The First Rule Is Knowing The Rules

The Payment Card Industry Data Security Standard (PCI DSS) is a set of security requirements for credit card processors. A merchant or service provider must validate their PCI compliance through the annual Self-Assessment Questionnaire every year, and in most cases they must also submit a quarterly Network Security Scan by an approved scanning vendor to test their online security. The rules and regulations are thorough, but they can also be confusing - that’s why we offer guidance and support in keeping you up to code.

Frequently Asked Questions

Who must submit the Self-Assessment Questionnaire?
All merchants and service providers who accept credit cards must validate their PCI-compliance every year by filling out the Self-Assessment Questionnaire. This is the standard requirement for every card-accepting merchant/service provider, and is not optional.

Who must submit a Network Security Scan?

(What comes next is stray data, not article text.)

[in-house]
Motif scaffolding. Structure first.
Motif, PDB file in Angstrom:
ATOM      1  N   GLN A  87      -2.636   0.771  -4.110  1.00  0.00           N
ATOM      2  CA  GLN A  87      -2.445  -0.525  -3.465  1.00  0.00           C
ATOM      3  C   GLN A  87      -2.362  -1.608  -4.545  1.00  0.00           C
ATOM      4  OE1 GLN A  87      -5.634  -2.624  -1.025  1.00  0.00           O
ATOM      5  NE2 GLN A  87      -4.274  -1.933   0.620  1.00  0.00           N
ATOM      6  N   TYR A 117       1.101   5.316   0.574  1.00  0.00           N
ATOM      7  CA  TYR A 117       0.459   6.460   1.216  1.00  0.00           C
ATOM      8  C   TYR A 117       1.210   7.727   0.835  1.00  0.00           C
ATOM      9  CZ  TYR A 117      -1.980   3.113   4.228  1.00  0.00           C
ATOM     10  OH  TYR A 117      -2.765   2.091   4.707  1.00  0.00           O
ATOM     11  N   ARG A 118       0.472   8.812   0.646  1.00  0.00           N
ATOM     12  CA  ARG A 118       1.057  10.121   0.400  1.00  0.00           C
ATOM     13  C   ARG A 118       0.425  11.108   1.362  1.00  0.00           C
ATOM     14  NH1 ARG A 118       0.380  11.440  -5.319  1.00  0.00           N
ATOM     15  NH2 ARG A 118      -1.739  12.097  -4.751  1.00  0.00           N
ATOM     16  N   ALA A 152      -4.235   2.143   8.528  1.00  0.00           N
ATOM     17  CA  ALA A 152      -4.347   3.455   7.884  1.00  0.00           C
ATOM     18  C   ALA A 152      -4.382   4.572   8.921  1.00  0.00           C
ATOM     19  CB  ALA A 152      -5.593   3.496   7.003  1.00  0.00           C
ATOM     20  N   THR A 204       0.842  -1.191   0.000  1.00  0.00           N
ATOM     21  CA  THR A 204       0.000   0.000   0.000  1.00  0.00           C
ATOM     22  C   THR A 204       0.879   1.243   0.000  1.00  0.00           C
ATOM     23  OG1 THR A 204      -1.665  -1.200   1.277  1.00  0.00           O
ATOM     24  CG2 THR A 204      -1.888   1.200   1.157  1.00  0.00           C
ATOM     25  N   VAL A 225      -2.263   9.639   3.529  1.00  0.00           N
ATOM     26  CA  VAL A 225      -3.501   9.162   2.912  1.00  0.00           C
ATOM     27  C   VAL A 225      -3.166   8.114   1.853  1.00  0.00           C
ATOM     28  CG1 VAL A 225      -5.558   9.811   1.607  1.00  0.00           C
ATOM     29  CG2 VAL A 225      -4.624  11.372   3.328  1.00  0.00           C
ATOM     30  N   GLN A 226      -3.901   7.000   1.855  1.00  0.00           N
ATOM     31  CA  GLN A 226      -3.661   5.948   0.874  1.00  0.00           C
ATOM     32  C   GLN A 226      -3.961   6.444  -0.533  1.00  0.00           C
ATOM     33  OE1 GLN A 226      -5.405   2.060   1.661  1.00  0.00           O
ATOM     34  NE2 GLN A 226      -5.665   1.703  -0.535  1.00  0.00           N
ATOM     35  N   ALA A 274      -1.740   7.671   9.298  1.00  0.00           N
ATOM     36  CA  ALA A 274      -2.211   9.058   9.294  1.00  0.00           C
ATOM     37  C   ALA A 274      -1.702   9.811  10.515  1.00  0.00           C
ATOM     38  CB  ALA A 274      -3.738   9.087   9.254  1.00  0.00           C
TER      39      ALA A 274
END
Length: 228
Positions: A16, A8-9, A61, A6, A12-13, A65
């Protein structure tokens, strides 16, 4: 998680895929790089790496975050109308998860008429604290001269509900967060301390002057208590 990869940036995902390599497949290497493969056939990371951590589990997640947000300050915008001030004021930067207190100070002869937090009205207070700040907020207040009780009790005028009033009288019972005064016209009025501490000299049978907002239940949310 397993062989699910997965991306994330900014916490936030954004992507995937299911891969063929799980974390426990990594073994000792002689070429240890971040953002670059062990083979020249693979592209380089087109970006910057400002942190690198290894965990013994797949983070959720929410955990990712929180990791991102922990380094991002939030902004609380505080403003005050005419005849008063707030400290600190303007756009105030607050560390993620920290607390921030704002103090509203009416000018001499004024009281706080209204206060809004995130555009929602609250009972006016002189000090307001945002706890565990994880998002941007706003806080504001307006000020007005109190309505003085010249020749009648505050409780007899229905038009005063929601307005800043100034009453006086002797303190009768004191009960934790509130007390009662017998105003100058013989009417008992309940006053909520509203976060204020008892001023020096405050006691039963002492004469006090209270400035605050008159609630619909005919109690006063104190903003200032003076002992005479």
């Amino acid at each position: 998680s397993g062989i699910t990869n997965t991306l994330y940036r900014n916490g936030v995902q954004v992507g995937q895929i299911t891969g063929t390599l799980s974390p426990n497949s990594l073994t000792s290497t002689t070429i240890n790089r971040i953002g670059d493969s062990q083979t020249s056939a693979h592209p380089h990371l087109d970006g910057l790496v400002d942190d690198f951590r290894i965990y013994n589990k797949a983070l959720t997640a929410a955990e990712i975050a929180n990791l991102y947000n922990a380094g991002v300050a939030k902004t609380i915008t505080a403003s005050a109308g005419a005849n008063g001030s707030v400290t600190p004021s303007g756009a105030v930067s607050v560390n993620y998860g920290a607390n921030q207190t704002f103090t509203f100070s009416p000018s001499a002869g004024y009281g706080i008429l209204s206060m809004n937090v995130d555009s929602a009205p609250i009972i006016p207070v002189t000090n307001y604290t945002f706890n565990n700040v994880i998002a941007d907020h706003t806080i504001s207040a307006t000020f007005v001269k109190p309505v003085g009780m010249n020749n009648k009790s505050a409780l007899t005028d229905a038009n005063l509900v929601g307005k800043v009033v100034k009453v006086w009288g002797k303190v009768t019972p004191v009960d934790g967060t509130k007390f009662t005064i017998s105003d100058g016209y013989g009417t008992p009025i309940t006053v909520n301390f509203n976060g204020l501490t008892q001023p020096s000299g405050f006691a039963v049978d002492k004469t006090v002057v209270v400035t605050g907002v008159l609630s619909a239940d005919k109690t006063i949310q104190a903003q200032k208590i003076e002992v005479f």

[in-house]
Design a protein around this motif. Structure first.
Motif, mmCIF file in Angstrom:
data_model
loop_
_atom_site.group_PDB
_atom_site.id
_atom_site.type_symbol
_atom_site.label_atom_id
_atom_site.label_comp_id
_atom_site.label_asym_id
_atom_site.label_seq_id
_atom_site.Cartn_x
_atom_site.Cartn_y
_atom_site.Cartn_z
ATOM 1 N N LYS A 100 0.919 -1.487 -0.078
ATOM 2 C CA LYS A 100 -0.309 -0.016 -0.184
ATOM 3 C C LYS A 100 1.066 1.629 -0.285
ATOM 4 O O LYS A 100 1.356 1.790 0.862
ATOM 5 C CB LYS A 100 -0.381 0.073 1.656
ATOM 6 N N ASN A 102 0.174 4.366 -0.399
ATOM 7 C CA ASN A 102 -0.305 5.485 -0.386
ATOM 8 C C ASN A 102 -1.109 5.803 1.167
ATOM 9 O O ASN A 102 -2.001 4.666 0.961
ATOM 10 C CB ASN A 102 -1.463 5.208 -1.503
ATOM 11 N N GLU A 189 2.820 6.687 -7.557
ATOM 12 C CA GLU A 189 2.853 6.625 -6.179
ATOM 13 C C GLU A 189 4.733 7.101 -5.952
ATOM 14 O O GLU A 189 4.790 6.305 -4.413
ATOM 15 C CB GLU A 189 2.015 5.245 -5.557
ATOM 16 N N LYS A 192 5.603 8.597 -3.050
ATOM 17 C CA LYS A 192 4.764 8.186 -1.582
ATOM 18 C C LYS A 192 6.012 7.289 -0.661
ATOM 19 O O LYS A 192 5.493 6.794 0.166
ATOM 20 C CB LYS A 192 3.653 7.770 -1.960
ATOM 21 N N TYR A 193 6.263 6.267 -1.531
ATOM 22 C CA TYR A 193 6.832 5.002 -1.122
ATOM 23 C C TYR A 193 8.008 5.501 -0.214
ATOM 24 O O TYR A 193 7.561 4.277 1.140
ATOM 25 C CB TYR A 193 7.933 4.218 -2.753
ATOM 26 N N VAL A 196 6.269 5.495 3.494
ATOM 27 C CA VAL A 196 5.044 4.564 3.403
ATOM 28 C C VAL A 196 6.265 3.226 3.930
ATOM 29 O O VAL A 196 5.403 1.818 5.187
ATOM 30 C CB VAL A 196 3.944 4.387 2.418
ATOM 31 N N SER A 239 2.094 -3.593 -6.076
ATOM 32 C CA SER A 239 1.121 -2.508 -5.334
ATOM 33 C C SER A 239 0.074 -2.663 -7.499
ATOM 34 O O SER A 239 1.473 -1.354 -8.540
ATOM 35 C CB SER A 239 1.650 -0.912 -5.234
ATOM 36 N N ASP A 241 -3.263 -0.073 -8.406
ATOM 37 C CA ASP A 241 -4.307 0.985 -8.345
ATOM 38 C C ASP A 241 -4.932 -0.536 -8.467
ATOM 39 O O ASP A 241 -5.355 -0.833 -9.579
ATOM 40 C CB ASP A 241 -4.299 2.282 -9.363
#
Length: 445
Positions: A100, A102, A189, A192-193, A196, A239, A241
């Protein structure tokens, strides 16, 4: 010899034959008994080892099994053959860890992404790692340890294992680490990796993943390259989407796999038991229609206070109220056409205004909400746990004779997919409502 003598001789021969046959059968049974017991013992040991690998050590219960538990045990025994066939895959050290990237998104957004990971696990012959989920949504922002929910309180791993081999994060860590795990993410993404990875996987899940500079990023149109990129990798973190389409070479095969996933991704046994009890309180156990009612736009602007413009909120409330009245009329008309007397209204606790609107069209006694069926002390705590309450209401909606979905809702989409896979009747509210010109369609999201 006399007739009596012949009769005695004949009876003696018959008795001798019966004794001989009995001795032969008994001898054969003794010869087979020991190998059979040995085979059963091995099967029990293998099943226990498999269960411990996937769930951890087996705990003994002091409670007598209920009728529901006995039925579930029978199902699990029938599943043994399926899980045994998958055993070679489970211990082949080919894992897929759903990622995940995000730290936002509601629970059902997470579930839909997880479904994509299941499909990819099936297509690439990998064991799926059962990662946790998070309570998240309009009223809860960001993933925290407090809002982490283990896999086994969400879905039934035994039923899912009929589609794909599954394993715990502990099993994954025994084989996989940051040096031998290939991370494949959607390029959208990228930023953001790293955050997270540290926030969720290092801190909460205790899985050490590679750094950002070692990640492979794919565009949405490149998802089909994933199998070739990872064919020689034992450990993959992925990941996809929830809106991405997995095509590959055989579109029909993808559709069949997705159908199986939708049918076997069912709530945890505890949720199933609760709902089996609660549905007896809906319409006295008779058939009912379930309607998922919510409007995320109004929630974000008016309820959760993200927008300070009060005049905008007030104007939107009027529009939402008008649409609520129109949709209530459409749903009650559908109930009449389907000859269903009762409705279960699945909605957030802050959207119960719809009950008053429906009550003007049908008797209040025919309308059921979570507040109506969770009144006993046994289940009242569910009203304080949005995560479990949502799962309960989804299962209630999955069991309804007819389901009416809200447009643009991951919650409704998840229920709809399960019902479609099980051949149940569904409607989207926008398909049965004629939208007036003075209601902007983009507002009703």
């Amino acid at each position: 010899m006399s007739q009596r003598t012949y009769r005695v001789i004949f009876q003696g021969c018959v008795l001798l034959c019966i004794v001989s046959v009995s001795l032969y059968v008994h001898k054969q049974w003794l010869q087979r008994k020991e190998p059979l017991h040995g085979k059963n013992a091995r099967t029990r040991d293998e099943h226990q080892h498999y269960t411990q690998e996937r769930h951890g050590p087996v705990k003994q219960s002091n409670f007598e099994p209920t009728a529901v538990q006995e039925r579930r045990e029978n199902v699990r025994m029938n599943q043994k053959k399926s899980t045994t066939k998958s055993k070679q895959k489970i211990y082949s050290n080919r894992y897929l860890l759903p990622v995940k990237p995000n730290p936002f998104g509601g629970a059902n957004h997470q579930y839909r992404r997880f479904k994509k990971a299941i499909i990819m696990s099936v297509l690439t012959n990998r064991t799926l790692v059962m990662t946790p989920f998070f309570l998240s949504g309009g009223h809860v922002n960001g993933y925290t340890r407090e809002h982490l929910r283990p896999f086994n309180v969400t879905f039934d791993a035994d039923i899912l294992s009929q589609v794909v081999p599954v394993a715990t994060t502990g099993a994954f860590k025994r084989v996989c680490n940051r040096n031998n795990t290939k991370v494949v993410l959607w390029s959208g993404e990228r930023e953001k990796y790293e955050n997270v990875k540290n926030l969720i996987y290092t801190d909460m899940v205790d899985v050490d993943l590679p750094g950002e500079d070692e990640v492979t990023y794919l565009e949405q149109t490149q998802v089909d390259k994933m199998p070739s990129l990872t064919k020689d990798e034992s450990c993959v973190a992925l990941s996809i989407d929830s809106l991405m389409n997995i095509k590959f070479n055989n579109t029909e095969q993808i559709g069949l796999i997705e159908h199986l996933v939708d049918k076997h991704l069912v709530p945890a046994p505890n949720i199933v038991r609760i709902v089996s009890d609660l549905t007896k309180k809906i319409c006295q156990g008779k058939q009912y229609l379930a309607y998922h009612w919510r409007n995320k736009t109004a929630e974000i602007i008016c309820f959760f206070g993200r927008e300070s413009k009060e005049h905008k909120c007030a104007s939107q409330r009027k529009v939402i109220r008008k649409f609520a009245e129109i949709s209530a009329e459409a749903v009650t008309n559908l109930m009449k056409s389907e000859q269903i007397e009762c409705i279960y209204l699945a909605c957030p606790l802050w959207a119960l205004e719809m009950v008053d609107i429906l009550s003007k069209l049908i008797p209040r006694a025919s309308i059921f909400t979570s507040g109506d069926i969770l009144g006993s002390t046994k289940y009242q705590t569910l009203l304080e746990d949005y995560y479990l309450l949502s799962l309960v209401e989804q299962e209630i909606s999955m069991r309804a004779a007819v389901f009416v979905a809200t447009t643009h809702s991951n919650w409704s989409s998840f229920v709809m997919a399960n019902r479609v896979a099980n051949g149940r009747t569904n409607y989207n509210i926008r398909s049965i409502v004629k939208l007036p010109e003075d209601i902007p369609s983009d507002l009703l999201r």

Any card-accepting merchant/service provider that uses an external-facing IP address for payment data must submit a quarterly Network Security Scan in addition to the questionnaire. Even if a merchant/service provider does not use web-based transactions, basic functions like email and employee Internet access may compromise the company’s network. These scans must be conducted by an approved scanning vendor, and depending on the validation category, may be required every 90 days.

What is an approved scanning vendor?
All PCI-compliance scans must be administered by a third-party company on the list of approved scanning vendors. These vendors have been instructed in the official set of procedures that verify that the customer environment is safe and cannot be penetrated.

How much of the criteria must one be compliant with?
All of it. The pass mark for PCI-compliance is 100%, so even failing one criteria will disqualify approval. Don’t think of PCI-compliance as an extra advantage, think of it as the bare minimum for business practices.

How much customer data may a merchant/service provider store?
A merchant/service provider may not store any transaction data in accordance to PCI. While some companies believe otherwise, the fact is that it is not only a failure of PCI-compliance, it is also a violation of State and Federal privacy laws. PCI regulations forbid the storing of a customer’s:

  • unencrypted credit card number
  • CVV or CVV2
  • PIN blocks
  • PIN numbers
  • Track 1 or 2 data

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